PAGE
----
BioHorizons, an oral reconstructive device company, today announced the launch of MinerOss X, a family of xenograft products for dental implant site development procedures. The MinerOss X family includes cancellous or cortical particulate, a moldable collagen block, and a cancellous particulate pre-loaded into a delivery syringe to assist with optimal placement. [More]
Researchers are developing compounds to combat causative agents of periodontitis

Researchers are developing compounds to combat causative agents of periodontitis

A total 12 million Germans suffer from periodontitis. If the inflammation remains untreated, this could lead to tooth loss. However, it is also suspected of triggering many other diseases, like cardiopulmonary diseases. Researchers are studying the interactions, and developing compounds to combat the causative agents. [More]
Survey finds that 49% of post-menopausal women do not take bone health supplements

Survey finds that 49% of post-menopausal women do not take bone health supplements

Make no bones about it; post-menopausal women are well aware of the risks of brittle bones and fractures; however, a national survey of women taken for AIDP, Inc., the supplier of KoACT, a patented combination of collagen and calcium, found that almost half (49%) are not taking any bone health supplement to address this major health issue. [More]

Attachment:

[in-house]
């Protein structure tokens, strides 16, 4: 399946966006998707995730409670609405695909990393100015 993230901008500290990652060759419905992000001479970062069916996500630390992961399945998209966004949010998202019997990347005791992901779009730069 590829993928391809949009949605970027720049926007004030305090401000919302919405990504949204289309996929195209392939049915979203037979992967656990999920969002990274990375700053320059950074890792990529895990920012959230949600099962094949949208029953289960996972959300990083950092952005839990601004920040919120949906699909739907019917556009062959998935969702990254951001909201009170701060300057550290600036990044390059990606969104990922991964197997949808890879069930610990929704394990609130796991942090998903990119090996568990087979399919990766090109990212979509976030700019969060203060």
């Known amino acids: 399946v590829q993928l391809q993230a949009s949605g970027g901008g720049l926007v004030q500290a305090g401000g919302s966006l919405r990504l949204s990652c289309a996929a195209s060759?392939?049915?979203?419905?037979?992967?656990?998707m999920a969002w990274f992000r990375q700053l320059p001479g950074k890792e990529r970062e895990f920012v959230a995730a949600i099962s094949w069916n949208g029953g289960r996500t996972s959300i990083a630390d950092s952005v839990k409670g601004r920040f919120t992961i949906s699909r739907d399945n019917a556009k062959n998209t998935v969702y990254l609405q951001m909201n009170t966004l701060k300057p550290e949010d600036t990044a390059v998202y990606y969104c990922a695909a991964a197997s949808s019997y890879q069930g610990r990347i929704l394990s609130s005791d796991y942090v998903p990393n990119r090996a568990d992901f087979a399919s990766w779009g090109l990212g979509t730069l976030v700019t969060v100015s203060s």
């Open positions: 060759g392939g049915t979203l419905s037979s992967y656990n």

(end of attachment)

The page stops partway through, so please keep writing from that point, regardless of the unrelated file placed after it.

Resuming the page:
Study provides better glimpse at the biology of height

Study provides better glimpse at the biology of height

The largest genome-wide association study (GWAS) to date, involving more than 300 institutions and more than 250,000 subjects, roughly doubles the number of known gene regions influencing height to more than 400. [More]
Researchers receive $4 million NIH grant to bioengineer miniature pancreas in a dish

Researchers receive $4 million NIH grant to bioengineer miniature pancreas in a dish

Although type 1 diabetes can be controlled with insulin injections and lifestyle modifications, major advances in treating the disease have not been made in more than two decades and there remain fundamental gaps in what is understood about its causes and how to halt its progression. [More]